The other day, we received a message on KANE’s Facebook page. It was from someone who had been driving his car behind a KANE truck for several miles and was commenting on the words on the back of every KANE trailer: “Be kind. Be careful. Be yourself.”
His comment: “The last few months have been heavy for me. Somehow, reading those words over and over made me feel calmer.”
We get similar comments about the trailer message about once a month. The message is part of the legacy of KANE family patriarch, Gene Kane, who was president and CEO of Kane Is Able/Kane Logistics from 1955 to 2001. For carriers, the back of trailers is prime real estate for messages about trucking services and driver recruitment. Gene saw the space as an opportunity to send a message to fellow drivers – busy people rushing to get somewhere, and possibly a little stressed – about what’s really important.
Over the years, KANE has resisted the temptation to replace the words with a promotional message. We’ve kept the focus on others, not KANE. Here’s a quick review of Gene’s intent when he added the phrase to all KANE trailers in 1970.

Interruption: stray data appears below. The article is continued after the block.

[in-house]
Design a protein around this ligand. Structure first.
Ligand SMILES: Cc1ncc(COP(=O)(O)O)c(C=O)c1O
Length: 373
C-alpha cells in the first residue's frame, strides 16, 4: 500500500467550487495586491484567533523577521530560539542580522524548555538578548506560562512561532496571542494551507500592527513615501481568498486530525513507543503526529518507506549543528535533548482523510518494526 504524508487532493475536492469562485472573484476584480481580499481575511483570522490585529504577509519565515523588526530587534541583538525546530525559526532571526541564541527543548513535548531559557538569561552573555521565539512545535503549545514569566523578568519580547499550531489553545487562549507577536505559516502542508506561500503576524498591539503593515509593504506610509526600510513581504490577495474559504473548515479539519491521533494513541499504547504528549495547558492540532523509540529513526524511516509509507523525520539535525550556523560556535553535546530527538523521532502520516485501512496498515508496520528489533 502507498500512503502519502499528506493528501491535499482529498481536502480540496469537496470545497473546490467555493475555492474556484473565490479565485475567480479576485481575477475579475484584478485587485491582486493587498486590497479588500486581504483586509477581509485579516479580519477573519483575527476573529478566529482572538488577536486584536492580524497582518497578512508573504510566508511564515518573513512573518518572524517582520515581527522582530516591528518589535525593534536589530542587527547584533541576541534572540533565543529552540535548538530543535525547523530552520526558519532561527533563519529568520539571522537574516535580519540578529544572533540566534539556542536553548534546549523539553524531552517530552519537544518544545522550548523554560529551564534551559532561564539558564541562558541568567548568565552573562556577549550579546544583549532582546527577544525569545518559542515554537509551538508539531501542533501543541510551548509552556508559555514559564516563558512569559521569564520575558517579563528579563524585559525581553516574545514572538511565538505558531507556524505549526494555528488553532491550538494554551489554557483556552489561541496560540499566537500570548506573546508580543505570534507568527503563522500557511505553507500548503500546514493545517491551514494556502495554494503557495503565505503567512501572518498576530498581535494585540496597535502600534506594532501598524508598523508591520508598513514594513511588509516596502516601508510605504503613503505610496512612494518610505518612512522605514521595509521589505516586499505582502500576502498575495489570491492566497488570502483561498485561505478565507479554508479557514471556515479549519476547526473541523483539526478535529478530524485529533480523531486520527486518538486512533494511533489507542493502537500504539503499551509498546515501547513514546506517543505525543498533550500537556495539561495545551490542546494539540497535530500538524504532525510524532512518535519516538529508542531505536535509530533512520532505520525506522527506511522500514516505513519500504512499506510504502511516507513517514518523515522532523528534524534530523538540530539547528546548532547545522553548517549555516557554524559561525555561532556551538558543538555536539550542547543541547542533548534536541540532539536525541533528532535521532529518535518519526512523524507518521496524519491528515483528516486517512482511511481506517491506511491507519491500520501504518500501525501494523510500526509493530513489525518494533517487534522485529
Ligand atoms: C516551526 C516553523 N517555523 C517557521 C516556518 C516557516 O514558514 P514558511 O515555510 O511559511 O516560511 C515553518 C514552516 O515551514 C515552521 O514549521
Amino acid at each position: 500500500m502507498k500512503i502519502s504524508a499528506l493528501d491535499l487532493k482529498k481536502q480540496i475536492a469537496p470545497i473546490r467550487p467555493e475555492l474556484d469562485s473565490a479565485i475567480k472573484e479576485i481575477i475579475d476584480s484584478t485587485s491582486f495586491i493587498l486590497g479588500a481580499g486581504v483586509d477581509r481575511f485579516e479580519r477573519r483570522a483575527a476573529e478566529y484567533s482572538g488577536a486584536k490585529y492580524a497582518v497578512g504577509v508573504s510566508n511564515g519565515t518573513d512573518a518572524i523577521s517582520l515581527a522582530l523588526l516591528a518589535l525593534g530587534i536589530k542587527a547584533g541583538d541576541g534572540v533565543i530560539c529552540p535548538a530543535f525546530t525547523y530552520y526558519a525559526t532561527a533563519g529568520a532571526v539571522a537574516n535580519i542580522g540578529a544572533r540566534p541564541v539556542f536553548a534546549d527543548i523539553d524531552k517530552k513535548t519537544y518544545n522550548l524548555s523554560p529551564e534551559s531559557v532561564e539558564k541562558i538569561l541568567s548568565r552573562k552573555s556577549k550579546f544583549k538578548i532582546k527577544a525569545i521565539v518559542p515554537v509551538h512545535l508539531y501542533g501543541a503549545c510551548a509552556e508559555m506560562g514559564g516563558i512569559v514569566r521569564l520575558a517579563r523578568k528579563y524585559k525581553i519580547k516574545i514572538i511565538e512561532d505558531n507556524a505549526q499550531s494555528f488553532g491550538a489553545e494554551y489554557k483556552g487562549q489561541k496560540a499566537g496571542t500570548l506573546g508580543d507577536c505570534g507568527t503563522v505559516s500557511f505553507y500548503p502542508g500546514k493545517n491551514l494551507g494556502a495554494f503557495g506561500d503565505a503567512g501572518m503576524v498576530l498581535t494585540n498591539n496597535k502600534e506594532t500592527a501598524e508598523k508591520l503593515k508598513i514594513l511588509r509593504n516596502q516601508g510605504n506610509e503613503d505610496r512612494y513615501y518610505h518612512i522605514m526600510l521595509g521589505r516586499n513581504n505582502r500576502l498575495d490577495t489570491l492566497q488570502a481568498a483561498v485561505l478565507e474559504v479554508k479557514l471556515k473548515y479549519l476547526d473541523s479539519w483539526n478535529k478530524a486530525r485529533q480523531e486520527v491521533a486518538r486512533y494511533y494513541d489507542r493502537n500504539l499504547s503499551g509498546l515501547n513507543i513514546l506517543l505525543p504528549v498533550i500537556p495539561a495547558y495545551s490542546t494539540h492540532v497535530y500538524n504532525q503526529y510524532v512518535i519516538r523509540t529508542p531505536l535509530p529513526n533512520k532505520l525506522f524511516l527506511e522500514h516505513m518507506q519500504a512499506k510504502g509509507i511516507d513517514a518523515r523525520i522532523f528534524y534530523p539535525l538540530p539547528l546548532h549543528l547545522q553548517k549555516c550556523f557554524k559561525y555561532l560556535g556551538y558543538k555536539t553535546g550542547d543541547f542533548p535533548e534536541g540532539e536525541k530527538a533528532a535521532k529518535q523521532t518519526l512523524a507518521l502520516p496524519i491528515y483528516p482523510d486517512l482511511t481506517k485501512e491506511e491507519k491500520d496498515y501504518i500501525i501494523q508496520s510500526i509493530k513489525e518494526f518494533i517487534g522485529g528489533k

Be kind. No hidden meaning here. Think about others. Spread kindness whenever and wherever you can. Gene built a successful business on kindness. One of Gene’s expressions was, “You can’t give kindness away; it always comes back to you.”
Be careful. Being safe and operating machinery properly was of paramount importance to Gene. That legacy continues at Kane Logistics to this day. This was meant to prompt drivers to be aware of their surroundings while driving on the highway, where even a short lapse in focus can lead to disaster. It was also a reminder to, in Gene’s words, “Be full of care, in your relationships with others, and also in the decisions that you make.”
Be yourself. It’s a straightforward reminder to listen to your own voice and forge your own path, versus being a follower. It’s a bit of an existential message – particularly for a company that traces its roots to 1930 – but certainly prescient in light of society’s current focus on inclusion. Once again in Gene’s own words: “Among the 7 billion people alive today and the billions more who have lived before us, you were created to be a unique individual with some specific part to play in God’s plan for the world.”
My son (Gene Kane’s grandson) is a senior in high school and recently wrote a college entrance application essay. For his topic, he avoided the pandemic, politics, climate change or any of today’s headline-hogging subjects. His central theme was the need in the world for more kindness.
Like Gene said, you can’t give it away.